For we must needs die
As all must, herself, the king, and his sons, and indeed all men; this is the common case and lot of men; particularly she insinuates that David must die, and that there must be a successor named, and perhaps a dispute would arise about one; which might be fatal, if Absalom was not recalled in his lifetime; and that Amnon must have died in a little time if he had not been killed by his brother; and Absalom, he must die also quickly, and therefore what signifies taking away his life? he may as well live a little longer; this, however plausible, was but bad reasoning in the case of a malefactor:
and [are] as water spilt on the ground, which cannot be
which sinks into the earth, and cannot be got out of it again; so men, when they die, are buried in the earth, and cannot be gathered or restored to life again, until the resurrection of the dead; and since Amnon is dead, and he cannot be brought to life again, it is best to be easy, and not seek to take away the life of another; which is to bring him into the same irrecoverable state and condition:
neither doth God respect [any] person;
the words in the original are, "God doth not take away the soul or life" F16; of every offender, but spares them notwithstanding the crimes they have committed; and therefore it became the king to be sparing and merciful to offenders, and particularly to his own son; and perhaps she any tacitly have respect to David himself who had been guilty both of murder and adultery, either of which deserved death; and yet God had not taken away his life, but in his great mercy had spared him; and therefore, since he had received mercy, he should show it: or "God hath not taken away [his] soul or life"; the life of Absalom; he had not cut him off himself by his immediate hand, nor suffered the king's sons to take away his life, nor any other to seize upon him, and bring him to justice, whom David might have employed; but had by his providence protected and preserved him; so that it seemed to be his will and pleasure that he should not be put to death:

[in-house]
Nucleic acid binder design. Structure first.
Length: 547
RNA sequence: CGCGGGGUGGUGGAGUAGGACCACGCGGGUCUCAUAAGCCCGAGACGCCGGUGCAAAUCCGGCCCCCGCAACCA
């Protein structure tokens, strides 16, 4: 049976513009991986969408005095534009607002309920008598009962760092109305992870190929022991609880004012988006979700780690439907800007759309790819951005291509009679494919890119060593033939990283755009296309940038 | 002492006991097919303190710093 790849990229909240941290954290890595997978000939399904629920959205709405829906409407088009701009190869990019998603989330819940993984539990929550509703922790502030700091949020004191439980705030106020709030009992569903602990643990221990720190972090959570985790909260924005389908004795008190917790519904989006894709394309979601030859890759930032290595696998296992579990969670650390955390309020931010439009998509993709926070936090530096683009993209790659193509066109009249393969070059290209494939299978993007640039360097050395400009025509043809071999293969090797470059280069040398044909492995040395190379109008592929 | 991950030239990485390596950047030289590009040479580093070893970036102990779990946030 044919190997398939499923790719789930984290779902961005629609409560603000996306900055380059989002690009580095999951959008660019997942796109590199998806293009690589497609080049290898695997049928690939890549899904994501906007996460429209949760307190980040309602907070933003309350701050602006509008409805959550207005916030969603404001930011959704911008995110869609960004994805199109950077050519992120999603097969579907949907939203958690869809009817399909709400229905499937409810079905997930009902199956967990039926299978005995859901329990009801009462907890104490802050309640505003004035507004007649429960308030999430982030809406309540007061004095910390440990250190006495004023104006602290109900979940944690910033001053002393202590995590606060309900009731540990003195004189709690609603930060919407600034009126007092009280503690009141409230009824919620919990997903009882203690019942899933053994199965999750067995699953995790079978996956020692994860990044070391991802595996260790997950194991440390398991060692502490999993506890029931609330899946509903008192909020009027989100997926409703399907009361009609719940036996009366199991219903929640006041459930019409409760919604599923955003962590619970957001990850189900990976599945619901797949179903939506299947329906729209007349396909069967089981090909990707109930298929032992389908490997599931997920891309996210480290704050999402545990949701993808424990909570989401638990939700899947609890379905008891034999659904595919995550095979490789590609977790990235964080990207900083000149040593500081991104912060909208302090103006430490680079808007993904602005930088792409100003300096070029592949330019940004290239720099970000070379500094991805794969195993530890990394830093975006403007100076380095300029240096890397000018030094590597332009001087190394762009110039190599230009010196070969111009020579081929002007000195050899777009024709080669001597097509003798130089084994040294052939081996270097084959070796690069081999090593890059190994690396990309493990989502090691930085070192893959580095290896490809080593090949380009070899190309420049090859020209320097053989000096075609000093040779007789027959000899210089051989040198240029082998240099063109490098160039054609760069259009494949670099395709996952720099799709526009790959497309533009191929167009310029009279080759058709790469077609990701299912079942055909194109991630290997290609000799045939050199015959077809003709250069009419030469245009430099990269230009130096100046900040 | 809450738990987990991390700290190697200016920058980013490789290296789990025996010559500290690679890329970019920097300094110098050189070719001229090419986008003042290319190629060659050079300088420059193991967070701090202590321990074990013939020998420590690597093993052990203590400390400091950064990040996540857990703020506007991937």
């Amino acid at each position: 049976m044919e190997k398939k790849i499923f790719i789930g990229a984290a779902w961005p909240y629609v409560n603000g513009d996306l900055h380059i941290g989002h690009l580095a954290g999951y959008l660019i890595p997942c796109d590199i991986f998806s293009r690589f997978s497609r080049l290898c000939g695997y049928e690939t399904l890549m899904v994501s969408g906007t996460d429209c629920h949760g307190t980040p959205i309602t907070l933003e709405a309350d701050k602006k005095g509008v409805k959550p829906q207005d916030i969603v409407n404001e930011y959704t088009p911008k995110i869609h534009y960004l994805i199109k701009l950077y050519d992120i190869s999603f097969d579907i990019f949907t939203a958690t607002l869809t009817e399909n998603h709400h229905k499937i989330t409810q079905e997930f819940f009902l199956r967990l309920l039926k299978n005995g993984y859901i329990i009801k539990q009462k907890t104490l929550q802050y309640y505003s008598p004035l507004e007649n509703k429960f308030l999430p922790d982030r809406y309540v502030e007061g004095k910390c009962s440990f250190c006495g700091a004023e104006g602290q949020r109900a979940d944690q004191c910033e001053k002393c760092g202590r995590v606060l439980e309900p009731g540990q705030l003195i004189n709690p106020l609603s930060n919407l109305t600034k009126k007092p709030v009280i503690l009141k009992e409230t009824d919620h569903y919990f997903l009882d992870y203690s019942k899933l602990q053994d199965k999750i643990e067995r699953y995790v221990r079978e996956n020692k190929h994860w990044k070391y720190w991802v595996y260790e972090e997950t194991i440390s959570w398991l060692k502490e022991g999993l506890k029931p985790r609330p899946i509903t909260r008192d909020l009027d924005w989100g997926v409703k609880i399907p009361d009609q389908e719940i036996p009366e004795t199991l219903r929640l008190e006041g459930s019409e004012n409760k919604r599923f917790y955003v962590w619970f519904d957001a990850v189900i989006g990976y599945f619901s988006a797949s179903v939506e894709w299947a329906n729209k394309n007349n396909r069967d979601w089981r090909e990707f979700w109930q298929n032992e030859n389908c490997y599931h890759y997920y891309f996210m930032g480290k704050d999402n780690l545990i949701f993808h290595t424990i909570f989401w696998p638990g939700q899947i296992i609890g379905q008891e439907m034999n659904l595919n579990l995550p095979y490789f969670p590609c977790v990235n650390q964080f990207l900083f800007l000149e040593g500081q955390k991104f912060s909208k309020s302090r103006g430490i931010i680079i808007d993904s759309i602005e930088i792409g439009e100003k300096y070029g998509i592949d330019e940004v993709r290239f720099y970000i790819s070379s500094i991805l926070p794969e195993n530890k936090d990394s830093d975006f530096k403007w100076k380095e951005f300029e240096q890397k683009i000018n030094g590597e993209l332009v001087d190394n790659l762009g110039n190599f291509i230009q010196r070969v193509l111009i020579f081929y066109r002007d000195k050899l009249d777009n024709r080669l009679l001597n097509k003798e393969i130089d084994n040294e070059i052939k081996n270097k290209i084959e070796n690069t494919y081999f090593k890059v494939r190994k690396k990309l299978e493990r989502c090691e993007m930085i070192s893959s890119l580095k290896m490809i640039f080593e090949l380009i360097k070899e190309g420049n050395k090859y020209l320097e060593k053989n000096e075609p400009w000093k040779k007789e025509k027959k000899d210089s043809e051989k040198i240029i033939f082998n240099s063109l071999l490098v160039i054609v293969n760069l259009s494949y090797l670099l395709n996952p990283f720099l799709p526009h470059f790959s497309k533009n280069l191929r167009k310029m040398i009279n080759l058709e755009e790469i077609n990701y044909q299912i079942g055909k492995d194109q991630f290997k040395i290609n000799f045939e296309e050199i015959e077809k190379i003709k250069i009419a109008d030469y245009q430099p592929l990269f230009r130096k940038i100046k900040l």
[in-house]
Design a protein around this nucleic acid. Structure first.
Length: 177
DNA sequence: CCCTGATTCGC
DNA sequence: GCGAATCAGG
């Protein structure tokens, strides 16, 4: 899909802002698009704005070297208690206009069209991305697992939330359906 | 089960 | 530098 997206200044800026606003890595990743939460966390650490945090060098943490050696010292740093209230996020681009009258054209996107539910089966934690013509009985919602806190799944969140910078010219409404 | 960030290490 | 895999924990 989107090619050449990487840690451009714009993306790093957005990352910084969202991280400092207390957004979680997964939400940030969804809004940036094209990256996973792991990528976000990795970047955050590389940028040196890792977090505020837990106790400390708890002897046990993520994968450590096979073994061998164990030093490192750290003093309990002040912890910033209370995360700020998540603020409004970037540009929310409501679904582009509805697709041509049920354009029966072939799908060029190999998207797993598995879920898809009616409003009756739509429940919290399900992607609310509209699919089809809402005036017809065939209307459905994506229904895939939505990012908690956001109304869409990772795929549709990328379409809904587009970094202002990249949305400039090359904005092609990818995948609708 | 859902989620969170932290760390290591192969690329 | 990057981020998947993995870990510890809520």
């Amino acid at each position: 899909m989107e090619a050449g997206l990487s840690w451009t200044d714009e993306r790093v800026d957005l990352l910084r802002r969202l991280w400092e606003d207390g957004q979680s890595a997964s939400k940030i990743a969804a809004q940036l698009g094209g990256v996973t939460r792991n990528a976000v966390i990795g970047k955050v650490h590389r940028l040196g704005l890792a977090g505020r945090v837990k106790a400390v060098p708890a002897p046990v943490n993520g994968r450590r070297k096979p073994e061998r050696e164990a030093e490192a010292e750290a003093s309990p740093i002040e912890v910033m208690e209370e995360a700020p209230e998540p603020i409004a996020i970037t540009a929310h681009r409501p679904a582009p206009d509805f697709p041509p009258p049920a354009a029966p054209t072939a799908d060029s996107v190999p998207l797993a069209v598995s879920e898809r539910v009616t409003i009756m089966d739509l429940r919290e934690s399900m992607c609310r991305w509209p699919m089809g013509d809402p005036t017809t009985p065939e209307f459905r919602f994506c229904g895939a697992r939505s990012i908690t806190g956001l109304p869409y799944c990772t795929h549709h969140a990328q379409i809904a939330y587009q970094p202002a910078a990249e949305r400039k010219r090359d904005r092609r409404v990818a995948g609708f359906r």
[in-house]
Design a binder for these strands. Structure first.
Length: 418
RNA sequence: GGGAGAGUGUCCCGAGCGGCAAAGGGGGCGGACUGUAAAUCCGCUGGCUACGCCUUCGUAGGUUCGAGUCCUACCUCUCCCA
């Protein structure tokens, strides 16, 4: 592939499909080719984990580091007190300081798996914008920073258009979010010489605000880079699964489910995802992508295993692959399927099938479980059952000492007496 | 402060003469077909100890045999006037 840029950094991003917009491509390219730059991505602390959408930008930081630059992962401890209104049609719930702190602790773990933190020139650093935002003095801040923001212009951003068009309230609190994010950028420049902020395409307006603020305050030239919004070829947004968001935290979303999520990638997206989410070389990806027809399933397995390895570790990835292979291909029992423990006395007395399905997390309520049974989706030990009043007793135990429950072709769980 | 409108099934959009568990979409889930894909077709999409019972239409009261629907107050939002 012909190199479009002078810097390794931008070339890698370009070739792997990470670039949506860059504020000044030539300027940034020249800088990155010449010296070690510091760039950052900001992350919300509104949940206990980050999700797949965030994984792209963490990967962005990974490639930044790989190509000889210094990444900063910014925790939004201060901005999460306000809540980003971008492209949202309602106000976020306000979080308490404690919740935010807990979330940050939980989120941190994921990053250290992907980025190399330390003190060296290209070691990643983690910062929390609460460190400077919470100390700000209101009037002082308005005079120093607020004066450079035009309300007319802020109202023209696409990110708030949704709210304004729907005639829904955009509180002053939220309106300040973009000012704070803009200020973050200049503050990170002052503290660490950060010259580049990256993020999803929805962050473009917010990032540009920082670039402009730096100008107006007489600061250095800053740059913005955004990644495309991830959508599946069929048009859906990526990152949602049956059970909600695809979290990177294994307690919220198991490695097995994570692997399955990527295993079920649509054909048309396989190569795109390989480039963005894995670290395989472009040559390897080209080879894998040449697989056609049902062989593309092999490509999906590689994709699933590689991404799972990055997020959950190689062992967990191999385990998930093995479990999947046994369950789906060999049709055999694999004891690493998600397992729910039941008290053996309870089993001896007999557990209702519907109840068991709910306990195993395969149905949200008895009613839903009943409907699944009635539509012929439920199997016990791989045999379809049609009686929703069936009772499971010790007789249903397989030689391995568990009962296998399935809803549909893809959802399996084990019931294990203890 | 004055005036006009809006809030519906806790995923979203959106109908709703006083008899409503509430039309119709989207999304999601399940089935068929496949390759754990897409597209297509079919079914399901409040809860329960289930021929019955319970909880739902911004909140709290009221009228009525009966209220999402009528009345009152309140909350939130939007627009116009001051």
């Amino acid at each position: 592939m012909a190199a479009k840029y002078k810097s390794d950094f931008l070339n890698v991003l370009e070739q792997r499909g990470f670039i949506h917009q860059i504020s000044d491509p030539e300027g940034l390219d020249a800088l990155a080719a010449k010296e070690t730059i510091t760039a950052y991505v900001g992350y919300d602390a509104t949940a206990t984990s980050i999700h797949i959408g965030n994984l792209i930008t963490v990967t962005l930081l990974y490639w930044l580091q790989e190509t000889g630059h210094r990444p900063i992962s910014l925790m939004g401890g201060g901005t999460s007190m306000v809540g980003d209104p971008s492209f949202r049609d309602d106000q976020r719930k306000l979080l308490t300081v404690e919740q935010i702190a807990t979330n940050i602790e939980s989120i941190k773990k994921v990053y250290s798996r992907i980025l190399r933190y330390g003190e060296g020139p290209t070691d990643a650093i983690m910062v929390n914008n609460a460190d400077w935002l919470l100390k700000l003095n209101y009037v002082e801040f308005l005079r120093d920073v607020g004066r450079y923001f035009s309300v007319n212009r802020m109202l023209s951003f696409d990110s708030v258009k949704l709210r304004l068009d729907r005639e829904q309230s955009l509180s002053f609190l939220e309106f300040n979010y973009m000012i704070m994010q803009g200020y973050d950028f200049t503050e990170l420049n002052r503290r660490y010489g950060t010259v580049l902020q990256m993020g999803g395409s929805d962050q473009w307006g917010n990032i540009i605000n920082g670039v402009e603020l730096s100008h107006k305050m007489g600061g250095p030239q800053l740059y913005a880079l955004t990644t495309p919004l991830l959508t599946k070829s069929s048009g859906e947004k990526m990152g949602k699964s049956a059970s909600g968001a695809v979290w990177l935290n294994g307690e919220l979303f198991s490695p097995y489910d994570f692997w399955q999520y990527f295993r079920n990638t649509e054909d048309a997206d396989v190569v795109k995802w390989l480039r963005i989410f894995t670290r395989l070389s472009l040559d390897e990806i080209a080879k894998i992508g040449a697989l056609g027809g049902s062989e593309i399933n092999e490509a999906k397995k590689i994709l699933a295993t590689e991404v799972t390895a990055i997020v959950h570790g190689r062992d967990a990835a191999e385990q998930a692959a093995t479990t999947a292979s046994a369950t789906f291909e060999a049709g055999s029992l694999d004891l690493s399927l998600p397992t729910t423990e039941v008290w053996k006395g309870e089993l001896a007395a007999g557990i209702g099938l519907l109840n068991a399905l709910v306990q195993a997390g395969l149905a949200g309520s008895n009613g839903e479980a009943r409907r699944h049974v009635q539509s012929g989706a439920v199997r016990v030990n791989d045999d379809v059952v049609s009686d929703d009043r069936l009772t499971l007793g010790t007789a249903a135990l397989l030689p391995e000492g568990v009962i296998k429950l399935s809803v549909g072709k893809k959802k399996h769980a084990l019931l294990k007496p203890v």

yet doth he devise means that his banished be not expelled
from his word, worship, and ordinances, as Absalom was; and by protecting him by his providence, it looked as if it was his will, and he would find out ways and means for bringing him back to his country, his father's court, and the sanctuary of the Lord; even as, by the law concerning the cities of refuge for the manslayer, provision was made that at the death of the high priest the exiled person might return to his country.